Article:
When a Massachusetts grandmother picked up the phone, the voice on the other end sounded like her teenage grandson.
The caller, who knew Fran Shea's grandson's name, said he was in trouble. He'd been in a car accident and alcohol was involved. He'd also spent the previous night in jail.
Begging her not to tell anyone, the caller then passed the phone to a person he said was his public defender.
Manuel Balce Ceneta/AP
Russians seeking to influence U.S. elections through social media had their eyes on Instagram and the black community.
These were among the findings in two reports released Monday by the Senate intelligence committee. Separate studies from University of Oxford researchers and the cybersecurity firm New Knowledge reveal insights into how Russian agents sought to influence Americans by saturating their favorite online services and apps with hidden propaganda.
The fight over President Donald Trump's $5 billion wall funds deepened Monday, threatening a partial government shutdown in a standoff that has become increasingly common in Washington.
It wasn't always like this, with Congress and the White House at a crisis over government funding. The House and Senate used to pass annual appropriation bills, and the president signed them into law. But in recent years the shutdown scenario has become so routine that it raises the question: Have shutdowns as a negotiating tool lost their punch?
Two Chicago police officers were fatally struck by a train Monday evening on Chicago’s Far South Side, police said.
The incident occurred near 103rd Street about 7 p.m. in the city’s Rosemoor neighborhood, Metra officials said. Police said the officers were responding to a "shots fired" call when they were struck by a passing train. They were on foot. The NICTD Indiana South Shore Train SS9119 was halted after the incident. The South Shore rail line uses Metra tracks. Metra shut down power in both directions.
The officers were later identified as partners—both fathers—with a collective four years on the force, Chicago police Supt. Eddie Johnson said.
A woman who climbed the base of the Statue of Liberty on July 4 to protest the separation of families at the Mexican border has been convicted of misdemeanor charges.
Therese Okoumou got choked up as she testified Monday before a federal magistrate judge at her trial. She said images from the border gave her nightmares. Judge Gabriel Gorenstein announced the verdict a short time later.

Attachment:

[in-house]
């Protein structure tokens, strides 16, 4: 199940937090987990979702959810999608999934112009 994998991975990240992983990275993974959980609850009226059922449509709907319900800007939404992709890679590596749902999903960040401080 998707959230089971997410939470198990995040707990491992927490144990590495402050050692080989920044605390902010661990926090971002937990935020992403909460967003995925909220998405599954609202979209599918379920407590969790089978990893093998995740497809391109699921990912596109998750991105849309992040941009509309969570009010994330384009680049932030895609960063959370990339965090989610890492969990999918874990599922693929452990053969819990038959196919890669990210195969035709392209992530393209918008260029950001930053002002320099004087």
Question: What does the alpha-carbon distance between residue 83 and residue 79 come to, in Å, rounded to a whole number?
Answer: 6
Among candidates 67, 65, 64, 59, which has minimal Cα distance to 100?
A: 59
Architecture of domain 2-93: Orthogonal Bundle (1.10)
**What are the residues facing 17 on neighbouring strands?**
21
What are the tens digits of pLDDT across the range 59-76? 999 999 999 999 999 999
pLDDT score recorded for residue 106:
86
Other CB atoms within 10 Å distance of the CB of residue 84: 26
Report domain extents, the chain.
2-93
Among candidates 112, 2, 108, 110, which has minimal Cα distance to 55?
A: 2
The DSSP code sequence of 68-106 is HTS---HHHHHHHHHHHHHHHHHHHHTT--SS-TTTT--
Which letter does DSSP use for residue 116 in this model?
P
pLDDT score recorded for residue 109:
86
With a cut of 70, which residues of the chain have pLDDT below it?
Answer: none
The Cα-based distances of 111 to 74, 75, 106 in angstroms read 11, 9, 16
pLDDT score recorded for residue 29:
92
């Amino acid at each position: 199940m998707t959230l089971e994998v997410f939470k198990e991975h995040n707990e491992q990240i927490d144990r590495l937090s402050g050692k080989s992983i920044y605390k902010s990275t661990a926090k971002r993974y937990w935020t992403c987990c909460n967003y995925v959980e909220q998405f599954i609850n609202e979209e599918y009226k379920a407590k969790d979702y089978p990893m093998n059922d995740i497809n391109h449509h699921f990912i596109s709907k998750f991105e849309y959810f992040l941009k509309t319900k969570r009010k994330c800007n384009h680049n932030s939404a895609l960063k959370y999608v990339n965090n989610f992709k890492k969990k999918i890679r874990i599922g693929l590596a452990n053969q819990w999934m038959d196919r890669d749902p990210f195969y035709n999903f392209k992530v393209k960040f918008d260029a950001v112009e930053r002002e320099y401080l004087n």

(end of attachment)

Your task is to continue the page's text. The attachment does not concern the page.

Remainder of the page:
The prosecutor says Okoumou endangered herself, rescuers and thousands of Liberty Island visitors when she climbed to the feet of the statue. Authorities evacuated the island.
Grand Central Oyster Bar
A lucky diner says he happened upon a pearl while eating an oyster dish at a famous New York City restaurant.
Sixty-six-year-old Rick Antosh was out to lunch with a friend and ordered his usual at the Grand Central Oyster Bar on Dec. 5 — a $14.75 pan roast, which includes six oysters. Antosh tells the New York Post that he felt a small object rolling around his mouth after diving into the dish, and feared he had damaged a tooth.
The Edgewater, New Jersey resident says it turned out to be a pea-sized pearl.
Andrew Medichini/AP, File
Organizers of an upcoming Vatican summit on sex abuse prevention are warning that the credibility of the Catholic Church is in jeopardy over the abuse scandal and are urging participants to meet with victims personally before coming to Rome.
In a letter sent Tuesday to the presidents of bishops' conferences worldwide, organizers said the church must develop a "comprehensive and communal response" to the crisis, and that the first step is "acknowledging the truth of what has happened."
Pope Francis invited the church leaders to the Feb. 21-24 summit to respond to what has become the gravest threat to his papacy, as the sex abuse and cover-up scandal erupted in the U.S., Chile and elsewhere this year.
Chris Pizzello/Invision/AP, File
CBS announced Monday that former CEO Les Moonves will not receive his $120 million severance package after the board of directors concluded he violated company policy and was uncooperative with an investigation into sexual misconduct allegations.
The decision, which came after a five-month outside investigation, capped the downfall of one of television's most influential figures, the biggest entertainment powerbroker to see his career derailed amid the #MeToo movement against sexual misconduct.